In a niche that includes elegant, realistic and natural offerings, this is cute.

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HEY DIDDLE DIDDLE

Kapchinske’s picture-book debut is a fact-toting trip through several food chains.

After a snack of a little green beetle, a snake slithers along: “He sang, ‘Hey diddle diddle—I’m feelin’ fine. / Call me cold-blooded, but I’ve got a spine.’ / A hawk looked down a tweetin’ a tune / and said, ‘I’d like some breakfast soon.’ ” The second food chain consists of a frog and a bass, while the last begins with a caterpillar that is eaten by a lizard and ends with a bobcat. The forced incorporation of so many facts comes off as didactic at times, although they will serve to teach readers about the various species. While the verses sometimes falter in their rhythms, which are based loosely on the titular nursery rhyme, the beat is nonetheless rollicking and will likely have readers and listeners alike tapping their toes. Extensive backmatter includes more information and questions that will deepen children’s understanding of food chains and animal classification and adaptations. Rogers’ digitally illustrated animals are slightly cartoonish with too-bright colors and anthropomorphized expressions and body language. Most offputting, this injects human emotions into what is a natural cycle in the animal world.

In a niche that includes elegant, realistic and natural offerings, this is cute. (Informational picture book. 4-7)

Pub Date: Aug. 10, 2011

ISBN: 978-1-60718-130-9

Page Count: 32

Publisher: Sylvan Dell

Review Posted Online: July 5, 2011

Kirkus Reviews Issue: July 15, 2011

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THE WONKY DONKEY

The print version of a knee-slapping cumulative ditty.

In the song, Smith meets a donkey on the road. It is three-legged, and so a “wonky donkey” that, on further examination, has but one eye and so is a “winky wonky donkey” with a taste for country music and therefore a “honky-tonky winky wonky donkey,” and so on to a final characterization as a “spunky hanky-panky cranky stinky-dinky lanky honky-tonky winky wonky donkey.” A free musical recording (of this version, anyway—the author’s website hints at an adults-only version of the song) is available from the publisher and elsewhere online. Even though the book has no included soundtrack, the sly, high-spirited, eye patch–sporting donkey that grins, winks, farts, and clumps its way through the song on a prosthetic metal hoof in Cowley’s informal watercolors supplies comical visual flourishes for the silly wordplay. Look for ready guffaws from young audiences, whether read or sung, though those attuned to disability stereotypes may find themselves wincing instead or as well.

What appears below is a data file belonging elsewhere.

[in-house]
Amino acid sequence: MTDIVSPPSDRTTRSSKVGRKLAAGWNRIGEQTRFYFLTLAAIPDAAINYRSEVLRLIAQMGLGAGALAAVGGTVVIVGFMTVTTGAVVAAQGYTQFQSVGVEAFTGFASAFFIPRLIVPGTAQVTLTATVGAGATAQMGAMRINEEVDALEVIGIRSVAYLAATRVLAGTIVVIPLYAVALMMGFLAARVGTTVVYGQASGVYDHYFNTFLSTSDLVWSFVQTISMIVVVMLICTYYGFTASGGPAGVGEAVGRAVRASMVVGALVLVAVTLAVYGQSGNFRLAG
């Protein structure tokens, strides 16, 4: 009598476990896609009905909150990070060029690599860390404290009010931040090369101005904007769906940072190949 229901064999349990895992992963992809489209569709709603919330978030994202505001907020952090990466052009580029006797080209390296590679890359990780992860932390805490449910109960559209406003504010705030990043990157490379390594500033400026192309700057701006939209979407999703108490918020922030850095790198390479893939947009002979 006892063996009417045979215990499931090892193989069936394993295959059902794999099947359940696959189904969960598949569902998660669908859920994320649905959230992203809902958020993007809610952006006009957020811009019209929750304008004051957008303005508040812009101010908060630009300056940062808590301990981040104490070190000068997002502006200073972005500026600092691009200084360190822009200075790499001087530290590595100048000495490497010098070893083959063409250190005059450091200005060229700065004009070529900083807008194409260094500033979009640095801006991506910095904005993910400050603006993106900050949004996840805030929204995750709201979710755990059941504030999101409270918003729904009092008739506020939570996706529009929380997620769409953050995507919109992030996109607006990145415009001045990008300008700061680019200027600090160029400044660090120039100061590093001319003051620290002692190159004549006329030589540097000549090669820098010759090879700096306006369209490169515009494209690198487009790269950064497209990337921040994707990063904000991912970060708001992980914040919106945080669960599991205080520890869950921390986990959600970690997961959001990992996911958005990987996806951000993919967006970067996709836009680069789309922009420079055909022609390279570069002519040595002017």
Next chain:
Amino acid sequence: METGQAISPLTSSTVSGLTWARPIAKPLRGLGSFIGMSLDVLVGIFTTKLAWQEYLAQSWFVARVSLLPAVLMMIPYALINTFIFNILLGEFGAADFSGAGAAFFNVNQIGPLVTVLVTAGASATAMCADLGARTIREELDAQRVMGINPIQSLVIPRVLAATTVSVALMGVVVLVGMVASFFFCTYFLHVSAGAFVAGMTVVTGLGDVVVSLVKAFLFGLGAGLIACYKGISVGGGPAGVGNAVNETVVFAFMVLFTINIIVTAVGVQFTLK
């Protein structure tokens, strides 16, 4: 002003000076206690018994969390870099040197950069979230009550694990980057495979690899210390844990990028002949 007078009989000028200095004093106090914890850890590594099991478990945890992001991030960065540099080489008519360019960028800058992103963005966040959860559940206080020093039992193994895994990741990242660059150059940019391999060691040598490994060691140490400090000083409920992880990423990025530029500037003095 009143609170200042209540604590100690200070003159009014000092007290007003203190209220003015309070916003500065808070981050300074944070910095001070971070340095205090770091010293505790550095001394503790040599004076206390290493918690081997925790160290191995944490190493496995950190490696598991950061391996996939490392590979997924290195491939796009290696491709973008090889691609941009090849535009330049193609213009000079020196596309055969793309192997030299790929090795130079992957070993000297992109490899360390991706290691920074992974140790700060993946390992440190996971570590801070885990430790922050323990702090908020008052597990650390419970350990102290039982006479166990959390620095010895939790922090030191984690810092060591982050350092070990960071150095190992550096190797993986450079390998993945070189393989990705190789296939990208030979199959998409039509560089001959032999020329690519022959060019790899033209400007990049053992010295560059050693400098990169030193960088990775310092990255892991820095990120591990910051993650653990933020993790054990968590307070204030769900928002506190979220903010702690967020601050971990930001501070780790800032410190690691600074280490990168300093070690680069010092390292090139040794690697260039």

Hee haw. (Picture book. 5-7)

Pub Date: May 1, 2010

ISBN: 978-0-545-26124-1

Page Count: 26

Publisher: Scholastic

Review Posted Online: Dec. 29, 2018

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Serve this superbly designed title to all who relish slightly scary stories.

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CREEPY CARROTS!

Kids know vegetables can be scary, but rarely are edible roots out to get someone. In this whimsical mock-horror tale, carrots nearly frighten the whiskers off Jasper Rabbit, an interloper at Crackenhopper Field.

Jasper loves carrots, especially those “free for the taking.” He pulls some in the morning, yanks out a few in the afternoon, and comes again at night to rip out more. Reynolds builds delicious suspense with succinct language that allows understatements to be fully exploited in Brown’s hilarious illustrations. The cartoon pictures, executed in pencil and then digitally colored, are in various shades of gray and serve as a perfectly gloomy backdrop for the vegetables’ eerie orange on each page. “Jasper couldn’t get enough carrots … / … until they started following him.” The plot intensifies as Jasper not only begins to hear the veggies nearby, but also begins to see them everywhere. Initially, young readers will wonder if this is all a product of Jasper’s imagination. Was it a few snarling carrots or just some bathing items peeking out from behind the shower curtain? The ending truly satisfies both readers and the book’s characters alike. And a lesson on greed goes down like honey instead of a forkful of spinach.

Serve this superbly designed title to all who relish slightly scary stories. (Picture book. 4-7)

Pub Date: Aug. 21, 2012

ISBN: 978-1-4424-0297-3

Page Count: 40

Publisher: Simon & Schuster

Review Posted Online: May 2, 2012

Kirkus Reviews Issue: Aug. 1, 2012

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